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Monthly Archives: December 2012

This year we are having Christmas dinner at home by ourselves and outsourced most of the preparations. Simple!

Starters:  smoked salmon, foie gras & lentils, salade noël (really just mixed greens with star-shaped cut carrots).

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Lobster ravioli in squid ink pasta, champagne cream sauce

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Roasted veal tenderloin (rosemary, shallot), gratin dauphinois, carrots in maple-syrup, saute mushroom.

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Gratin dauphinois au four.

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Christmas log: dark chocolate mousse with raspberry filling

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Many of the items have been purchased from Globus’s deli section.

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We do not have a real Christmas tree this year as we will be going away soon. Instead, we found a home fragrance spray which provides that fresh light Christmas tree smell without any of the typical heavy cinnamon note.

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This was our tree in 2010.

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Past Christmas-related post: Christmas dinner 2009,  Nor’easter 2009.

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Lyon is well known for food. On our visit during the weekend of the Fête des Lumière, Sue booked for the four of us a table for lunch at Les Trois Dômes in the Sofitel Bellecour.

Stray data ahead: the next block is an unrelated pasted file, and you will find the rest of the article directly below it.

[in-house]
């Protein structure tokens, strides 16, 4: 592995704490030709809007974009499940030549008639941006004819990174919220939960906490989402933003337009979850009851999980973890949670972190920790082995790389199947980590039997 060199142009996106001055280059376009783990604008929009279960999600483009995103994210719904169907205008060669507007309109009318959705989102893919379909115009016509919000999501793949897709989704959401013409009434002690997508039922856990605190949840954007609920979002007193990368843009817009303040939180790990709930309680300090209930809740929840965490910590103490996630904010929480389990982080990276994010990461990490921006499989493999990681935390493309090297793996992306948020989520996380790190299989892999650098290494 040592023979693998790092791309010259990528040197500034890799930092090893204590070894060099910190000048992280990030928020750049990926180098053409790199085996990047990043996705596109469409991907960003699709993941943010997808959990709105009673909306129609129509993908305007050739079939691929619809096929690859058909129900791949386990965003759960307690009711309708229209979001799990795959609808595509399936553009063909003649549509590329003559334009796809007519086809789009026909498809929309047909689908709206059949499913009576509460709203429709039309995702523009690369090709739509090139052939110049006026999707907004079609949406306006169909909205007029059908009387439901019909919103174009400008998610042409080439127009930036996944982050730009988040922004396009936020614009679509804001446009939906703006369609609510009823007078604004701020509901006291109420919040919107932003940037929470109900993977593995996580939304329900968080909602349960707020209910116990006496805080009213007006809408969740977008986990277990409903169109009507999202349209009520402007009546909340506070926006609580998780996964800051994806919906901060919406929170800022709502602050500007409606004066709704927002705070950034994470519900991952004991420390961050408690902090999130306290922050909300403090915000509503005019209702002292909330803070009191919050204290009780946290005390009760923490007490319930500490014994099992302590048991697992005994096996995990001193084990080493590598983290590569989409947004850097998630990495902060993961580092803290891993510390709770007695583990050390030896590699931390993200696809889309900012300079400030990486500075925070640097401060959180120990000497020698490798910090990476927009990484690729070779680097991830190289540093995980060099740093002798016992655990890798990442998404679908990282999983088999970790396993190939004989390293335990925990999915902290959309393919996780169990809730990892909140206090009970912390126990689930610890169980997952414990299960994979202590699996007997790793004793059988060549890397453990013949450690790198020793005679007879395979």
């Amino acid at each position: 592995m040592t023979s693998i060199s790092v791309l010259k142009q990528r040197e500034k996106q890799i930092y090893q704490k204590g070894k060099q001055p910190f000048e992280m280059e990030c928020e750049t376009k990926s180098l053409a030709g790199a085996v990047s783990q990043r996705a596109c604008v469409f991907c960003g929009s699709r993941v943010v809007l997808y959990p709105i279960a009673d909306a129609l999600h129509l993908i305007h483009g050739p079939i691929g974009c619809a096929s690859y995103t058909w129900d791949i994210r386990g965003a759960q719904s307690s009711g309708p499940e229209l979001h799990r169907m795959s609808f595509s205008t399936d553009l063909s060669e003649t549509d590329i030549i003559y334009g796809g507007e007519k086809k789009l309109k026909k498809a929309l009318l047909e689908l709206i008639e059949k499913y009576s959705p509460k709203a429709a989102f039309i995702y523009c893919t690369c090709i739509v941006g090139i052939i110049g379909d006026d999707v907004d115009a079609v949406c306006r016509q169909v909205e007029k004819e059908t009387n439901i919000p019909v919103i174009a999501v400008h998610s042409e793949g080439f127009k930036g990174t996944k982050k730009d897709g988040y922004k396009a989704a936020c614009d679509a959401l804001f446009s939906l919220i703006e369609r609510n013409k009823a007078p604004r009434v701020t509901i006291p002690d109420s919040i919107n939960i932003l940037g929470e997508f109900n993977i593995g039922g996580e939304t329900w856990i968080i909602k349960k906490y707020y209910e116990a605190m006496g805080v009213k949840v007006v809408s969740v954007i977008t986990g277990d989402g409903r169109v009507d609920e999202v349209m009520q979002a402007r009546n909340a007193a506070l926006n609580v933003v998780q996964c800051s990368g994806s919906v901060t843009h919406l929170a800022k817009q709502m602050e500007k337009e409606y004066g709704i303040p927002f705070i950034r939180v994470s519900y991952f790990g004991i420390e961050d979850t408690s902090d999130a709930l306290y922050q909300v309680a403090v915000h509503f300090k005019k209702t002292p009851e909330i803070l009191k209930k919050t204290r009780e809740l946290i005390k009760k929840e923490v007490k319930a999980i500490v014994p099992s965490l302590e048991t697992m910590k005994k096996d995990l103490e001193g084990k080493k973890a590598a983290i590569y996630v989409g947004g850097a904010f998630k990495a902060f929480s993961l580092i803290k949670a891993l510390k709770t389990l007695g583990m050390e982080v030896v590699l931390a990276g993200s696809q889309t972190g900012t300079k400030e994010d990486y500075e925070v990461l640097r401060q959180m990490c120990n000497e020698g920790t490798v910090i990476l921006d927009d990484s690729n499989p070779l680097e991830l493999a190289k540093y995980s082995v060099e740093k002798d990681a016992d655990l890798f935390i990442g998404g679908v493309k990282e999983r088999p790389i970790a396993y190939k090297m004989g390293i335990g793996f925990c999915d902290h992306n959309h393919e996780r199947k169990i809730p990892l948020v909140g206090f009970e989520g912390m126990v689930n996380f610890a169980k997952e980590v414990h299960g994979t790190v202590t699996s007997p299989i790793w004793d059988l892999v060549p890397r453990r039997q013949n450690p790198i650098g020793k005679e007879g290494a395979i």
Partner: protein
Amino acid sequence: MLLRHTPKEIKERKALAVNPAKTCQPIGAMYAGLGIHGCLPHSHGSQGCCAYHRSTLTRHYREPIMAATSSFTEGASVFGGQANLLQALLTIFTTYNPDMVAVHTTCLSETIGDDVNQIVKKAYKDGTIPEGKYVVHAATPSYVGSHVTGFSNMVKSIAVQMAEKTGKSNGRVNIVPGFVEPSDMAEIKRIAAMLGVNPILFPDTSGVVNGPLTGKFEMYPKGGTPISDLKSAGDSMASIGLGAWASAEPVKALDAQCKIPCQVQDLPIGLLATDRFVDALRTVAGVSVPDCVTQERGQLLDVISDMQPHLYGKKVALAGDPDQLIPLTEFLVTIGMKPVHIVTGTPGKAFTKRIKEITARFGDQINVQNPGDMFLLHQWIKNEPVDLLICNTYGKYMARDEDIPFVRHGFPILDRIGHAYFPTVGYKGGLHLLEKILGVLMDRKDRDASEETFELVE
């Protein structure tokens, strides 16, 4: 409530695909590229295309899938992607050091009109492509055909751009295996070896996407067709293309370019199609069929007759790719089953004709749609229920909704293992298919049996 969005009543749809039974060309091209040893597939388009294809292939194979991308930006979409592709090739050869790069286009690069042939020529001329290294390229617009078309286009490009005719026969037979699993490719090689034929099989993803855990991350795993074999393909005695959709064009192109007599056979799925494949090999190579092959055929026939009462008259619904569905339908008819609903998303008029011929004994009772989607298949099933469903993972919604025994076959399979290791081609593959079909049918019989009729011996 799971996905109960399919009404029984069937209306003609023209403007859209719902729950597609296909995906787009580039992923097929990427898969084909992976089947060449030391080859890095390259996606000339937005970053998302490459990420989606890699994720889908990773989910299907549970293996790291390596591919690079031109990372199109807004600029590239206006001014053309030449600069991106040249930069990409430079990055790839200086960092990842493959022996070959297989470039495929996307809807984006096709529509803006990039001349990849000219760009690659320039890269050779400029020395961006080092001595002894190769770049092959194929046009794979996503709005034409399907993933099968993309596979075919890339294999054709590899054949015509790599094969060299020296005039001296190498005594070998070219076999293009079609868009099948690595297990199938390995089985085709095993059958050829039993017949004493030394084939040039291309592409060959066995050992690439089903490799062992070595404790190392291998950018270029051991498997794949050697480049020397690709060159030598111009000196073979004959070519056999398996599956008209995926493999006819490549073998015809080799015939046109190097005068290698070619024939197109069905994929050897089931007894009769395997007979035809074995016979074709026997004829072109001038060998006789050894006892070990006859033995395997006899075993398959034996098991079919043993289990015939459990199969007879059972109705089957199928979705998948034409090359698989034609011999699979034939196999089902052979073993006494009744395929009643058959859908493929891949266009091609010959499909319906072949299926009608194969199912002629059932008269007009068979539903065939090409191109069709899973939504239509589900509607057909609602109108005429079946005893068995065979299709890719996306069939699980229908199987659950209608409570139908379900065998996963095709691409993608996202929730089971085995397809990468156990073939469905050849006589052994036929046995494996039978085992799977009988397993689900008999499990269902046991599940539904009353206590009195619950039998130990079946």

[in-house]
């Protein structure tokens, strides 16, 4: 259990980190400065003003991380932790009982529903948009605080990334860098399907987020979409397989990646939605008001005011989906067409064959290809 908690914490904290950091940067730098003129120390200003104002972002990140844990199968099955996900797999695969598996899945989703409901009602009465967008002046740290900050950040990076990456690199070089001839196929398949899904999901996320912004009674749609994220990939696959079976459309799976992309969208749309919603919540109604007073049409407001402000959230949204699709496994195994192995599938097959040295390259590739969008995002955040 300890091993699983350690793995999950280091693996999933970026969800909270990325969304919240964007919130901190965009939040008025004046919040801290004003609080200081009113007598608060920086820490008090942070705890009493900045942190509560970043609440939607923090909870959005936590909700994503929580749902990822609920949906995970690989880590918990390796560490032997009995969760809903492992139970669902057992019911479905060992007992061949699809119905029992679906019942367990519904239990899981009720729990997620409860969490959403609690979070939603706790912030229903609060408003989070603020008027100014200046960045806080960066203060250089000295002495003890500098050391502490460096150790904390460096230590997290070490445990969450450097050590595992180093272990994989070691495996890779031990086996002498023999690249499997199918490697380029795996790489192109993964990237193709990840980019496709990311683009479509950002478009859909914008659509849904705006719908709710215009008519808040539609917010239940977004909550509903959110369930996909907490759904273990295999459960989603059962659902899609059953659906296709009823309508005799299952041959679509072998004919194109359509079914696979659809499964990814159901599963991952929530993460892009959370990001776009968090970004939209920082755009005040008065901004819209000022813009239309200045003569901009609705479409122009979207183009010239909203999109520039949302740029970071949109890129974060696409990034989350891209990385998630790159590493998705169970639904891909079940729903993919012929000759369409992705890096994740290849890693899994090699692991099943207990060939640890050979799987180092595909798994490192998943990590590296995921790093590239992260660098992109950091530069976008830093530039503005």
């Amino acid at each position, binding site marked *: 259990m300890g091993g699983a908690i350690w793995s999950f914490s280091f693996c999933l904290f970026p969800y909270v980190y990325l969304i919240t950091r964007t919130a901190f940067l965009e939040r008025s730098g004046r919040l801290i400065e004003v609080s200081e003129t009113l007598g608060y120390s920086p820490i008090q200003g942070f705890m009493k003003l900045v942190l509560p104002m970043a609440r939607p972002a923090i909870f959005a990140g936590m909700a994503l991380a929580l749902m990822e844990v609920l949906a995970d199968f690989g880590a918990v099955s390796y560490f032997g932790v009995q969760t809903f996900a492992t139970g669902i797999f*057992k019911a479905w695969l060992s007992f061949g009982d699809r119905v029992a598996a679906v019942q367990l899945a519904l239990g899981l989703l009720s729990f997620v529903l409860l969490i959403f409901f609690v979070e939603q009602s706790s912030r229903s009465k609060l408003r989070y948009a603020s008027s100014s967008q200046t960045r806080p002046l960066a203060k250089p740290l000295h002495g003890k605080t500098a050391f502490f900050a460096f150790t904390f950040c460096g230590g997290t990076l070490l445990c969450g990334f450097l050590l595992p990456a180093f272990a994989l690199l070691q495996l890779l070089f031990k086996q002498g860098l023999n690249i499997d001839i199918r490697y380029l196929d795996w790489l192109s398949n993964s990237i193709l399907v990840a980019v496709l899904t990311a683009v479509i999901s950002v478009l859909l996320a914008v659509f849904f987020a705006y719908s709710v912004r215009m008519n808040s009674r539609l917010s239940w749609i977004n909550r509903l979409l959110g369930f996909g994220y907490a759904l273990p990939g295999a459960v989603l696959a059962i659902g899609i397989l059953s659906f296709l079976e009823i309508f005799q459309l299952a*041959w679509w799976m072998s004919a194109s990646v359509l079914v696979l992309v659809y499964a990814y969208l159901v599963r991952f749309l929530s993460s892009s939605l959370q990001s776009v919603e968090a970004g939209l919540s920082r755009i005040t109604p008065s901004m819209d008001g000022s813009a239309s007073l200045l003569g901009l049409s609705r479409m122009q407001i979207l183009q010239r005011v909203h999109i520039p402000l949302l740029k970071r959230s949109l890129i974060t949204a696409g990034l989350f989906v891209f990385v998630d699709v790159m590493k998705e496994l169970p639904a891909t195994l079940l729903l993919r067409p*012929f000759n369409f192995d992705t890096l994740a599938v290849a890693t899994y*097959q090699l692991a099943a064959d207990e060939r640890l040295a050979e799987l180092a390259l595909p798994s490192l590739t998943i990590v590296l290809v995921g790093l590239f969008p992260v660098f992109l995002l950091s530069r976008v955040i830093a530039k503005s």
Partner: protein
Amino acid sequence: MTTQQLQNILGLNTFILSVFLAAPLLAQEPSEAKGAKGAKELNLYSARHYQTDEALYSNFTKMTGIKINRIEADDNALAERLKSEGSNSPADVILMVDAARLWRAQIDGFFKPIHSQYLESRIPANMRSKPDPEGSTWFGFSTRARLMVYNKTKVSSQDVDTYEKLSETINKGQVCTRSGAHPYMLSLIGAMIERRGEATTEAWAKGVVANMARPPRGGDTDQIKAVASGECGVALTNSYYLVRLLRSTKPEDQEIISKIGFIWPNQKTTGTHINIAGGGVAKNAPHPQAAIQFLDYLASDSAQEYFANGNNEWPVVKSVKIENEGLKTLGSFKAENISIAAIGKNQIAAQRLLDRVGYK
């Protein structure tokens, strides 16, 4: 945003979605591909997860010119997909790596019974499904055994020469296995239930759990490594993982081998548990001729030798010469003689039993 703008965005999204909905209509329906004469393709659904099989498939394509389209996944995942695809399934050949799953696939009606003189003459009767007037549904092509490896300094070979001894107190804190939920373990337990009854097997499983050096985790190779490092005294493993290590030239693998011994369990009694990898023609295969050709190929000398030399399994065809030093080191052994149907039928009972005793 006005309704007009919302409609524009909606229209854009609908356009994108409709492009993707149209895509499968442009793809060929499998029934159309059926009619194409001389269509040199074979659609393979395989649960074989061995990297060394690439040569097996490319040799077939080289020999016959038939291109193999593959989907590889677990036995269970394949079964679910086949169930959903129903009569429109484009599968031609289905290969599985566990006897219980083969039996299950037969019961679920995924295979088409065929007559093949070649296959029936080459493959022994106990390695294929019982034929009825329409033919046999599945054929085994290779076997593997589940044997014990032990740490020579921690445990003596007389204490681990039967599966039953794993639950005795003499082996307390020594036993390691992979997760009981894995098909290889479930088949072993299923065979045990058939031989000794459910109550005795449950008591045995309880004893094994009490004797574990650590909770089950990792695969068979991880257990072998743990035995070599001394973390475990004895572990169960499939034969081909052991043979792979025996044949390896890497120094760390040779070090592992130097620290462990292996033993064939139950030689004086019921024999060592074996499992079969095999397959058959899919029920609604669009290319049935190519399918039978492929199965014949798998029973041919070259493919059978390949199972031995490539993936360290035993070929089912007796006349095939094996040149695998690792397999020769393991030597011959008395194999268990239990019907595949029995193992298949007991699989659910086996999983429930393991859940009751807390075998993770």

This restaurant received one michelin star – according to viamichelin Very comfortable and pleasant restaurant A very good restaurant in its category

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This is how the hotel describes itself online.

“Drift into the fluid modernity of Sofitel Lyon Bellecour, whose rooftop panoramas take in the majestic Rhône and this UNESCO-listed city where art de vivre was invented. Sleek design by Patrick Norguet recalls the stars and silk of Lyon’s rich heritage.”

The dining room is located at the top floor of the Sofitel, just round the corner from Place Bellecour. The name of the restaurant presumably comes from the view of these three domes.

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The dining room has a black, white and silver themed decor.

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First, amuse bouche.

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Orge Perlée Crémeuse aux Cèpes, Façon Risotto – (Creamy Pearl Barley with Boletus, Risotto Style)

The English translations are taken from their website and some of the descriptions sound a bit odd.

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Escargots Coquins Aux Légumes d’Antan (Mischievous Snails, with Yesteryears Vegetables)

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Deconstructed.

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Pavé de sandre en Ecaille de Pomme de Terre, Crème de Topinambour et son Jus Grassouillet (Zander Pave in Potato Flakes, Cream of Jerusalem Artichoke its Thick Juice)

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Poitrine de Cochon Fermier Caramélisé, Palet de Choux et embeurré de Foie gras (Caramelized Breast of Free Range Pork, Cabbage Puck Simmered with Foie Gras)  This is my(Chris) main dish, the puck was really amazing, much better than the flavorful but slightly dried pork.

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Pomme Reinette Dans Tous Ses Etats, Emulsion Chocolat Dulcey, Spéculoos aux Epices Douces (Reinette Apple in Different Ways, Dulce Chocolate Emulsion, Speculoos Flavoured with Light Spices)

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Omelette Norvégienne Tradition, Parfum Grand Marnier (Traditional Baked Alaska flavoured with Grand Marnier)